I’m using Xcode 7.1 - when I try:

    I don’t get the error that you did. Instead I get ‘Q’ without the rest. Is this something that XCode has built-in to fix that issue?

    • Alex

      I doubt it. It’s more likely that the memory address after variable c contained a 0, which std::cout interpreted as a terminator, so it only printed the ‘Q’ and stopped.

  • Diksha

    Alex I am unable to understand this
    "However &c has type char*".
    Isn’t &c an address. So how come it is a pointer.

    • Alex

      The address-of operator (&) returns the address as a pointer derived from underlying type (e.g. taking the address of an int variable returns an int pointer).

  • vish

    hey thanks alex..
    when code gets longer these small error or small imporatnt issue becomes nightmare
    i modified my program according to your suggestion and it saves a lot of runtime and runtime error and preincrement helps too it saves time and one thing more i m missing here was to define limit of no of shifts.. it gives some direction to while loop.
    if(shift>25||shift<0)
            break;  
    and yes you are absolutely correct i saved my code without commenting and day after i opene it again it takes me years to realize what is going on with my code? what is this?. I will never forgot to commenting my code now i am finding how all these things are life saver.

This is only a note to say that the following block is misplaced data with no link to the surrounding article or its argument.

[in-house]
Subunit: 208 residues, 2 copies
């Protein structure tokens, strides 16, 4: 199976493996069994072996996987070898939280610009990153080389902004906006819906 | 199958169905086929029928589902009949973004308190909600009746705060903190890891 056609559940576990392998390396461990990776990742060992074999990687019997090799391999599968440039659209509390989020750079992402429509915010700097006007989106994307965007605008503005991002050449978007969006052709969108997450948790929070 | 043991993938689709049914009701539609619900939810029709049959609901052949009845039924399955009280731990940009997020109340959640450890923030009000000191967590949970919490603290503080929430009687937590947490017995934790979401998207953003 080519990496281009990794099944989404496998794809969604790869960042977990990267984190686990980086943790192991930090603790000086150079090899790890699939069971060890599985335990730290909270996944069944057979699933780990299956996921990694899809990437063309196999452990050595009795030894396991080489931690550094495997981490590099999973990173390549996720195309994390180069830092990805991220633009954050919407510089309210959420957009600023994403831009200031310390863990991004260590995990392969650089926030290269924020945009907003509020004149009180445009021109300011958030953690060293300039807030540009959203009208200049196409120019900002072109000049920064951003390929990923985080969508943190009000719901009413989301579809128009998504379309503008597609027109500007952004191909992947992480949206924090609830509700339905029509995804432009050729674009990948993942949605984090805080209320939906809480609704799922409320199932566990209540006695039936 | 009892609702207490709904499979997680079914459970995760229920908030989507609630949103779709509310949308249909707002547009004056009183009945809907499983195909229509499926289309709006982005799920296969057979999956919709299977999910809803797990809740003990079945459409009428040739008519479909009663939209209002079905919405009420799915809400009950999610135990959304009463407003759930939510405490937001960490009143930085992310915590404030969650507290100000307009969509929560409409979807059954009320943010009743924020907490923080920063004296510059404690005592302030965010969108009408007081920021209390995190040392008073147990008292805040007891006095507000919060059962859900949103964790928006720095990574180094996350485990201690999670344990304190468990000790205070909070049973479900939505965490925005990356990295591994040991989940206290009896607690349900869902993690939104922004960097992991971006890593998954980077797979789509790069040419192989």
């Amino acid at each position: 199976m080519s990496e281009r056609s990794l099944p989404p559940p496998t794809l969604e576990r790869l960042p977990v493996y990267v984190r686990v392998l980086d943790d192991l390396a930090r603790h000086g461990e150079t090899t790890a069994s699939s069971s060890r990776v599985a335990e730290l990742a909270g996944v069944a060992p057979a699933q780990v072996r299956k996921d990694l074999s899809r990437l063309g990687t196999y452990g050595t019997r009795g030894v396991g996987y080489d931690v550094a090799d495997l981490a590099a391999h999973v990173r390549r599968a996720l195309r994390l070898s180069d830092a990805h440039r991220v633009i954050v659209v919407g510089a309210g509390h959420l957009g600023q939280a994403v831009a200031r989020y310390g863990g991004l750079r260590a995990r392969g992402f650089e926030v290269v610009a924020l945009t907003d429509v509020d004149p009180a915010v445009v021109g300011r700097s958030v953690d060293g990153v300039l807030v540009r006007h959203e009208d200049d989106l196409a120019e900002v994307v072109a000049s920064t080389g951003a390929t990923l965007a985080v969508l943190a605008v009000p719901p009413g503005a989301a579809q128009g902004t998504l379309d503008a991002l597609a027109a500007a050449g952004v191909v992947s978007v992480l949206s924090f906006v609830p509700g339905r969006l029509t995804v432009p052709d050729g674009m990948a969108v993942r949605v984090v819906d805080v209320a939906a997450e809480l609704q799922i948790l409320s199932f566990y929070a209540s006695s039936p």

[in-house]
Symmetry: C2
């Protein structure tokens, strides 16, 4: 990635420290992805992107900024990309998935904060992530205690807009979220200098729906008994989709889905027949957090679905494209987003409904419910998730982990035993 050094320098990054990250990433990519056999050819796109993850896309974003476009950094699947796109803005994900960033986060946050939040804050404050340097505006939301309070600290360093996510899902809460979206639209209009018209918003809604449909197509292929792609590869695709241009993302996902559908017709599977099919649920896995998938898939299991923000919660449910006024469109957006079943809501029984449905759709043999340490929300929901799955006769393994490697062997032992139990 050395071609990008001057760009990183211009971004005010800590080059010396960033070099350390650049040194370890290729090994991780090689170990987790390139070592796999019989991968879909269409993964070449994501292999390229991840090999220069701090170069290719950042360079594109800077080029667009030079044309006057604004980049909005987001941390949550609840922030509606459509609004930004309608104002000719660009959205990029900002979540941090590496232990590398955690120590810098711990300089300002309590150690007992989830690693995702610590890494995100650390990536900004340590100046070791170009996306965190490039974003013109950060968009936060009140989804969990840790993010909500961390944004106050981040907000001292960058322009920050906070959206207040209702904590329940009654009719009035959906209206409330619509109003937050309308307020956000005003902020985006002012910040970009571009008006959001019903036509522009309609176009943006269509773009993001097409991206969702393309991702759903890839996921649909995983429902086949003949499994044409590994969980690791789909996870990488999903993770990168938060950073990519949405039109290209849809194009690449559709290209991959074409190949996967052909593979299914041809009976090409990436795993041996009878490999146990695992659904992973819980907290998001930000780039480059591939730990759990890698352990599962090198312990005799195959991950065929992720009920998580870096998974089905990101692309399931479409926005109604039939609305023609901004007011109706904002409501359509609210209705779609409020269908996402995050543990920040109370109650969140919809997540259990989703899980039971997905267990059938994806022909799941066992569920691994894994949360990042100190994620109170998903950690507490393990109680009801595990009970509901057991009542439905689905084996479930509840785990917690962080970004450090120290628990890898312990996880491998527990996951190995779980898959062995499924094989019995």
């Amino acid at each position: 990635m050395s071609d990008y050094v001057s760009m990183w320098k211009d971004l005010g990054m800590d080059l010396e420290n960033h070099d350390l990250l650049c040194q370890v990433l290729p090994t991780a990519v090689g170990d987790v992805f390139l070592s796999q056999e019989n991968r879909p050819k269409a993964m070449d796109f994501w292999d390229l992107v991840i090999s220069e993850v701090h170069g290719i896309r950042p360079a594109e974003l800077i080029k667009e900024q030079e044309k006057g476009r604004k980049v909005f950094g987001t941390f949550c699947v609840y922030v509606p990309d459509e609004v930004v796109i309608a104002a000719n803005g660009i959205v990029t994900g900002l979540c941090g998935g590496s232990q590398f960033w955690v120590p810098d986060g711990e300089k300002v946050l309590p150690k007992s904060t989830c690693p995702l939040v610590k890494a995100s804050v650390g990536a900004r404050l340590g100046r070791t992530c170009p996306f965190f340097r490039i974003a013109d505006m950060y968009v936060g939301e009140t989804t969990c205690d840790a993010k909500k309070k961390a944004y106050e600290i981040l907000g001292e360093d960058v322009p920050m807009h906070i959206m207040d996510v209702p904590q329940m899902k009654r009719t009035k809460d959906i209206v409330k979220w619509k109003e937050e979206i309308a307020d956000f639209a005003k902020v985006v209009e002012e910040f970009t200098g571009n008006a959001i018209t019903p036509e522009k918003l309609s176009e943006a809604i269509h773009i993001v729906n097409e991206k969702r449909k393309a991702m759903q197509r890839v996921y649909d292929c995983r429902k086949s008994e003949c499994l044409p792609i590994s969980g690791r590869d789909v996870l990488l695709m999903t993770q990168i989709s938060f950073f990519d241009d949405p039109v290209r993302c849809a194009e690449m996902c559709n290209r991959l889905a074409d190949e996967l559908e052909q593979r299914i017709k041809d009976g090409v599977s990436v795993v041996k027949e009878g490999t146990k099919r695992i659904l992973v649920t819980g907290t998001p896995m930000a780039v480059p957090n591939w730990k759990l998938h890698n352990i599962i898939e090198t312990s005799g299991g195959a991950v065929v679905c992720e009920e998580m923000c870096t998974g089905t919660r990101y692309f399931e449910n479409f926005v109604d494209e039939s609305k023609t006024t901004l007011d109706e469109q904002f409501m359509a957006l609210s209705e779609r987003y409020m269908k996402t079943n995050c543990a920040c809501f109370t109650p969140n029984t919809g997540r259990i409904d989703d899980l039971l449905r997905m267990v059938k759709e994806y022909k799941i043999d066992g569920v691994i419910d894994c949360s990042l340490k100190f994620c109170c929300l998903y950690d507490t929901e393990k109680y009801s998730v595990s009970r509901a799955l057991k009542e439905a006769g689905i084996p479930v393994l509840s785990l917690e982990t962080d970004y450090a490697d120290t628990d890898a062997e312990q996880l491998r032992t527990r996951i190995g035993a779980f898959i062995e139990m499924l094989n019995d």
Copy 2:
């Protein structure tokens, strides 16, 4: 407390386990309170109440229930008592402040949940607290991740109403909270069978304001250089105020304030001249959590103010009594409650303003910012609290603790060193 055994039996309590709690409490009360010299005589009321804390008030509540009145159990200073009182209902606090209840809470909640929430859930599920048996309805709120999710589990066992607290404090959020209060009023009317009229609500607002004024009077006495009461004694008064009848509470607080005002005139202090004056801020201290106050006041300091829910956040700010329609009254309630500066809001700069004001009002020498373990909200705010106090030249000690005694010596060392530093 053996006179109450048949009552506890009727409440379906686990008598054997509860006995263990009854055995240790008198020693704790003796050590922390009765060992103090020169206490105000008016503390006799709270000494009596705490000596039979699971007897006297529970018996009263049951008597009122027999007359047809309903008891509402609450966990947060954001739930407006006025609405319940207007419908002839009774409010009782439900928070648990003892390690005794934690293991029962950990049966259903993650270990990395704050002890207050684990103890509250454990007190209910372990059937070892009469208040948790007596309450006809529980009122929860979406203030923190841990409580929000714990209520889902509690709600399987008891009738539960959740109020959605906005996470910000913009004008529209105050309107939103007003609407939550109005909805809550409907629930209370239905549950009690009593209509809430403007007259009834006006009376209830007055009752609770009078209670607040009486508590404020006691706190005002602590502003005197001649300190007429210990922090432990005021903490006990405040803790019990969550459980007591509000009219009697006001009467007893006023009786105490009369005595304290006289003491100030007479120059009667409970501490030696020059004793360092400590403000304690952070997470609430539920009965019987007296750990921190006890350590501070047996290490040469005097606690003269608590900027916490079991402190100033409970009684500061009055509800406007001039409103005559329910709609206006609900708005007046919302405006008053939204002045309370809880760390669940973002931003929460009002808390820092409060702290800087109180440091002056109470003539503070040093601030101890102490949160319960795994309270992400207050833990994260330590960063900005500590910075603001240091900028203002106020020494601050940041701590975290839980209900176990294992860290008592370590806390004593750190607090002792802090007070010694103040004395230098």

• vish

    Hey!! alex please help me to figure out run time error in this program i just don’t know program is running smoothly but still there is some run time error.
    #include<iostream>
    #include<string>
    using namespace std;
    int main(){

        int cases,count=1,shift;
        string a;
        int arr[27];
        cout<<"ENTER NO OF CASEA"<<endl;
        cin>>cases;
        while(count<=cases){
            cin>>a;
            cin>>shift;
            for( int i=0;i<a.size();i++){
                arr[i]=a[i];
                
                arr[i]=arr[i]-shift;
                if(arr[i]>90)
                arr[i]=arr[i]-90+64;
                if(arr[i]<65)
                arr[i]=90-64+arr[i];
                a[i]=arr[i];
            }
            cout<<a<<endl;
            count++;
        }
        return 0;
        
    }
    Thank you.

    • Alex

      What is this program supposed to do?

      • vish

        very much thanks for reply.